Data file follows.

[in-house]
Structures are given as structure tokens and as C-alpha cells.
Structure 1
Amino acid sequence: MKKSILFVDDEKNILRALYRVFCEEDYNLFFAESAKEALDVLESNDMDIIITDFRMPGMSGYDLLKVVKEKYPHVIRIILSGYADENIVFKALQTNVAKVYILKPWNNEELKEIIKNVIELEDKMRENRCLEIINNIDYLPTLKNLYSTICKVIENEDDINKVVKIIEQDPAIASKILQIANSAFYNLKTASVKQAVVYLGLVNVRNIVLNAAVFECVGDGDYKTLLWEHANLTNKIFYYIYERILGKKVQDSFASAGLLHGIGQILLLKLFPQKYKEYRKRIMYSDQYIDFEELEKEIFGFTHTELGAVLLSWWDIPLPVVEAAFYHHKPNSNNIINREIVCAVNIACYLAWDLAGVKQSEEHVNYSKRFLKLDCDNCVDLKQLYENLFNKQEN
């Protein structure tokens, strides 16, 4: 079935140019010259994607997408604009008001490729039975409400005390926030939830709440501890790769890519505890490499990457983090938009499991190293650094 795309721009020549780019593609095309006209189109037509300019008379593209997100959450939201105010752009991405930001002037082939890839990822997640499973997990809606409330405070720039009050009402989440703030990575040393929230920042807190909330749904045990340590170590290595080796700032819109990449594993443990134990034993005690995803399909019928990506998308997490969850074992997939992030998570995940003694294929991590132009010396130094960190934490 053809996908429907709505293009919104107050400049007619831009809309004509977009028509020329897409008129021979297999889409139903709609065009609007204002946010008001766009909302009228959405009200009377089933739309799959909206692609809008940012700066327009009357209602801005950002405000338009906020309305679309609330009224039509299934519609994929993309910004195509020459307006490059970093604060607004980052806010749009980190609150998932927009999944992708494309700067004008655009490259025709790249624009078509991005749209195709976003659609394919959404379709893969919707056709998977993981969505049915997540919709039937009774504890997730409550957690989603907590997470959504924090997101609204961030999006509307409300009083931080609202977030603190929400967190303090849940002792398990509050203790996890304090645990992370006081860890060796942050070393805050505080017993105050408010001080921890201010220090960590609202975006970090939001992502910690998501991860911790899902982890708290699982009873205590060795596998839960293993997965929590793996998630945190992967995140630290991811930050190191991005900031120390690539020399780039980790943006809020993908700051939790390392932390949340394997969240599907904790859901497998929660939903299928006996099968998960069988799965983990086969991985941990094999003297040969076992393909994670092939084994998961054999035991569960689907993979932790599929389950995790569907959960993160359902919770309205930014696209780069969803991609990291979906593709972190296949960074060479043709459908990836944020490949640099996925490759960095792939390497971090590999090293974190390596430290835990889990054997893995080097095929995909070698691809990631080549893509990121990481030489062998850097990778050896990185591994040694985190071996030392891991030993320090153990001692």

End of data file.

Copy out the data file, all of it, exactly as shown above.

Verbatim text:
[in-house]
Structures are given as structure tokens and as C-alpha cells.
Structure 1
Amino acid sequence: MKKSILFVDDEKNILRALYRVFCEEDYNLFFAESAKEALDVLESNDMDIIITDFRMPGMSGYDLLKVVKEKYPHVIRIILSGYADENIVFKALQTNVAKVYILKPWNNEELKEIIKNVIELEDKMRENRCLEIINNIDYLPTLKNLYSTICKVIENEDDINKVVKIIEQDPAIASKILQIANSAFYNLKTASVKQAVVYLGLVNVRNIVLNAAVFECVGDGDYKTLLWEHANLTNKIFYYIYERILGKKVQDSFASAGLLHGIGQILLLKLFPQKYKEYRKRIMYSDQYIDFEELEKEIFGFTHTELGAVLLSWWDIPLPVVEAAFYHHKPNSNNIINREIVCAVNIACYLAWDLAGVKQSEEHVNYSKRFLKLDCDNCVDLKQLYENLFNKQEN
């Protein structure tokens, strides 16, 4: 079935140019010259994607997408604009008001490729039975409400005390926030939830709440501890790769890519505890490499990457983090938009499991190293650094 795309721009020549780019593609095309006209189109037509300019008379593209997100959450939201105010752009991405930001002037082939890839990822997640499973997990809606409330405070720039009050009402989440703030990575040393929230920042807190909330749904045990340590170590290595080796700032819109990449594993443990134990034993005690995803399909019928990506998308997490969850074992997939992030998570995940003694294929991590132009010396130094960190934490 053809996908429907709505293009919104107050400049007619831009809309004509977009028509020329897409008129021979297999889409139903709609065009609007204002946010008001766009909302009228959405009200009377089933739309799959909206692609809008940012700066327009009357209602801005950002405000338009906020309305679309609330009224039509299934519609994929993309910004195509020459307006490059970093604060607004980052806010749009980190609150998932927009999944992708494309700067004008655009490259025709790249624009078509991005749209195709976003659609394919959404379709893969919707056709998977993981969505049915997540919709039937009774504890997730409550957690989603907590997470959504924090997101609204961030999006509307409300009083931080609202977030603190929400967190303090849940002792398990509050203790996890304090645990992370006081860890060796942050070393805050505080017993105050408010001080921890201010220090960590609202975006970090939001992502910690998501991860911790899902982890708290699982009873205590060795596998839960293993997965929590793996998630945190992967995140630290991811930050190191991005900031120390690539020399780039980790943006809020993908700051939790390392932390949340394997969240599907904790859901497998929660939903299928006996099968998960069988799965983990086969991985941990094999003297040969076992393909994670092939084994998961054999035991569960689907993979932790599929389950995790569907959960993160359902919770309205930014696209780069969803991609990291979906593709972190296949960074060479043709459908990836944020490949640099996925490759960095792939390497971090590999090293974190390596430290835990889990054997893995080097095929995909070698691809990631080549893509990121990481030489062998850097990778050896990185591994040694985190071996030392891991030993320090153990001692």